Notes on the Geography of Poland: Warsaw in More Detail
If anyone doubts that countries can survive on spirit, they should remember Poland, an on-again, off-again nation-state. It's all on display in the capital city.
Looks traditional, doesn't it? But there's almost nothing old in this picture of Castle Square except the bronze statue of King Zygmunt, which was installed in 1644 to mark that king's transfer of the capital to Warsaw from Krakow in 1596. The stone column itself has been replaced more than once, and both the Old Town, on the left, and the Royal Palace, on the right, were levelled by the Germans in World War II. Even the square itself is relatively new, having been created in 1820 on the site of old fortifications and a castle courtyard.
Zygmunt holds a cross and--buck up! this isn't kindergarten--a sword.
A bit of the old city wall survives, but St. Martin's Church, like everything else in the neighborhood, is a re-creation.
The most massive part of the wall is this barbican, an outlier facing Nowomiejska Street and protecting a gate that no longer exists. Date: 1548. Architect: Giovanni Battista, a Venetian.
Good walls make good neighbors, and double walls make better ones.
The Rynek Stare Miasta, or Old Town Square. It's all post-war, though as nearly as possible a copy of the pre-war landscape. A lot of empty space? It wasn't that way until 1817, when the old town hall was cleared from the square, just as it was at about the same time in Krakow. The sides of the square have names from 19th century parliamentarians. This is the Barss side.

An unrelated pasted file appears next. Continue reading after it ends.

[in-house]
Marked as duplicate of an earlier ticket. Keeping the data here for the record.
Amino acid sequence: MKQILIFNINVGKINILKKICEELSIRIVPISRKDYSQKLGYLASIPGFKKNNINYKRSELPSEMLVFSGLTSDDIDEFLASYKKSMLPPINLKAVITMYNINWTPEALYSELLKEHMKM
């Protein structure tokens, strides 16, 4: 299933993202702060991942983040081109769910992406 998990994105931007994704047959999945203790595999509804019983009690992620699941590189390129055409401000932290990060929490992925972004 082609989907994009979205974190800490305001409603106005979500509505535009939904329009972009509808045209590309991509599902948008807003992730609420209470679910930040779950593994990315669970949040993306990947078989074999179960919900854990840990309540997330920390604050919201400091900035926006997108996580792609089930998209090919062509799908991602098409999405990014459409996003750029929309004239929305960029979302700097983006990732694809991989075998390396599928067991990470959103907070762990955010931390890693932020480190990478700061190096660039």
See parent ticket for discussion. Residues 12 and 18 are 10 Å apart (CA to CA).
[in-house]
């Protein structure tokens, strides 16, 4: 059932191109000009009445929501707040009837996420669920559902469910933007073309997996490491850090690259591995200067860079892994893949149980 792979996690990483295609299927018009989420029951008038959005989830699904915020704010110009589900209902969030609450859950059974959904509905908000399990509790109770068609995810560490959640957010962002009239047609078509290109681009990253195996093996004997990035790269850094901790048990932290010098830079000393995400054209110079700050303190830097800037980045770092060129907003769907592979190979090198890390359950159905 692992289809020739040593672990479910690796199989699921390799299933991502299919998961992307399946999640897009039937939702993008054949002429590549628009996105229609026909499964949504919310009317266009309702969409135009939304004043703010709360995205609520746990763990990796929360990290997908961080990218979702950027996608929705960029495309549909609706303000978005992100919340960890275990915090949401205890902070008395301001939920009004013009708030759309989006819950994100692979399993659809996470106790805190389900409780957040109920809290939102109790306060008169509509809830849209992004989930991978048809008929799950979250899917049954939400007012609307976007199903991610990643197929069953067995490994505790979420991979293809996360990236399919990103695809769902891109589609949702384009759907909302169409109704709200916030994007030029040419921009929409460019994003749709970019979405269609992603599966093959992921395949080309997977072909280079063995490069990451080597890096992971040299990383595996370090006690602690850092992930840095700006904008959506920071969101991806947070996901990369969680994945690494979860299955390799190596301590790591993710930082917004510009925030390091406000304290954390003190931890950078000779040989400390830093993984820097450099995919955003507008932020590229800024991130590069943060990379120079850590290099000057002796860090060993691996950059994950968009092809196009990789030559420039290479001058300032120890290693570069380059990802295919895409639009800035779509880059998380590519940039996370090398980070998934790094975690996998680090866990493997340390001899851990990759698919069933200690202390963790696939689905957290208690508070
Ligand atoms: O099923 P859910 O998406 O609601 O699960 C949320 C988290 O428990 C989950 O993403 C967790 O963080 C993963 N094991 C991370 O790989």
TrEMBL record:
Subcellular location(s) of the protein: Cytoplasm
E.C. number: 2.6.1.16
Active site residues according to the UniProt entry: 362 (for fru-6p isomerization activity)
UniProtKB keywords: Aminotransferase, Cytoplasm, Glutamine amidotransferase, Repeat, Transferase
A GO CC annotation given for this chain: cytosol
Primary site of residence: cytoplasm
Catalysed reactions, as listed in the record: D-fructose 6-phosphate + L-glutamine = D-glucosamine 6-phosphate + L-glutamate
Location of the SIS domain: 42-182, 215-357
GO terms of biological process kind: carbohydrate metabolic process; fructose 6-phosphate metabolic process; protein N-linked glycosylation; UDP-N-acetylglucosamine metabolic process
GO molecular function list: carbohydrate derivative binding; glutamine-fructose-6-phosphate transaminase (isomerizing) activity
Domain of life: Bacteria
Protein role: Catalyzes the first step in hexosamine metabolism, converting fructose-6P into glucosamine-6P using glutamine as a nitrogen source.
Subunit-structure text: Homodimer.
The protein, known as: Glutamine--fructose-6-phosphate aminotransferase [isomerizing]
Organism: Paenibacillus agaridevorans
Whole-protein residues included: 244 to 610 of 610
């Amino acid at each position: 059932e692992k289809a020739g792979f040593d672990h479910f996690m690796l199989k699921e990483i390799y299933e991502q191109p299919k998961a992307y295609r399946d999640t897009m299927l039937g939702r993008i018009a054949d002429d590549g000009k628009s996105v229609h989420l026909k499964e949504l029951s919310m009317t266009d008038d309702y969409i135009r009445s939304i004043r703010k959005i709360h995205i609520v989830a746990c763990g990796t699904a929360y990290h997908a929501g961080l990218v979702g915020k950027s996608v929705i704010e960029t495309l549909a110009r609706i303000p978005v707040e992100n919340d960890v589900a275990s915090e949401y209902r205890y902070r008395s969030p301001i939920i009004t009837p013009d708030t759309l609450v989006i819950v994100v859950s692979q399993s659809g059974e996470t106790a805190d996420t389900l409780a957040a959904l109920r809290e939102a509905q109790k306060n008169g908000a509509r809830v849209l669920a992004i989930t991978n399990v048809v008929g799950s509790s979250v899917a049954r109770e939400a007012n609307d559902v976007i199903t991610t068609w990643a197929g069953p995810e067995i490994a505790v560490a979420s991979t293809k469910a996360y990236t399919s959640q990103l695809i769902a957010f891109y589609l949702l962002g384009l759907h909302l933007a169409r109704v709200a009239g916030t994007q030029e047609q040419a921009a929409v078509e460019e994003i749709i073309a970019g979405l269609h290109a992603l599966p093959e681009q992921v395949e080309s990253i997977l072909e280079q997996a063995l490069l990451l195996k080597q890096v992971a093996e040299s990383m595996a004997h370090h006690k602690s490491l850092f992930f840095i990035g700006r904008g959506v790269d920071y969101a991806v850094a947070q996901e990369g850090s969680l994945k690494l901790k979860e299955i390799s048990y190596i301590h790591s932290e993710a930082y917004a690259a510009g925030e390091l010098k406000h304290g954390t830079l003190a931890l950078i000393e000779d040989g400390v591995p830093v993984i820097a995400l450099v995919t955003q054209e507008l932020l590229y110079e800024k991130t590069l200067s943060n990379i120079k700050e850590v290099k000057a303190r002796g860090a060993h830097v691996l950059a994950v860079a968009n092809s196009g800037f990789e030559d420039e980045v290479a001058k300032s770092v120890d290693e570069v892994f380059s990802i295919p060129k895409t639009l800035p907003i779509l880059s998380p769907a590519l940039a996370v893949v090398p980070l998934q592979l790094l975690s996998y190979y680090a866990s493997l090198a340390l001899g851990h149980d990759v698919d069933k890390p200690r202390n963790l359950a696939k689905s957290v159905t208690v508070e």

The original houses were built by merchants in the 1600s.
The tower of the Jesuit Church rises behind the Zakrzewski side.
The houses on the Dekert Side are internally interconnected to form the Warsaw History Museum.
Paintings, sure, but also Baltic amber in barbaric lumps.
A simple door frame.
A more pretentious one, this of the so-called St. Anna's House, occupied by the Polish Academy of Science and the Polish Historical Society.
Tradition collides with contemporary sensitivities: the so-called House of the (perfectly adult, not necessarily black) Little Black Boy.
The main avenue between the square and the palace, with the Jesuit Church on the left and St. John's, out of sight in the setback just beyond.
The royal palace is laid out as a pentagon with a tail like a lasso. Vindictively blown up by the Nazis, the building was rebuilt between 1971 and 1988.
The 1887 column from Zygmunt's monument is preserved next to the palace.
Wladyslaw's Tower, remodelled c. 1640 and rebuilt you know when.
The Polish coat of arms: a white eagle with golden crown, all mounted on a shield.
Can't be the kitchen.
Entrance to the more opulent Great Assembly Hall or Ballroom.
With columns looking like bars on a prison cell, this is the Grand Theater from 1833. Most of the building is post-war reconstruction, but the ground-level columns are survivors of a pre-theater marketplace on the site.
Old by local standards: this is the Church of the Assumption of the Blessed Virgin Mary. Originally a Carmelite church from 1682, it got a new facade a century later and somehow, through everything, managed to keep it.
Not by bread alone, this is the Mirowska Hall, a market hall.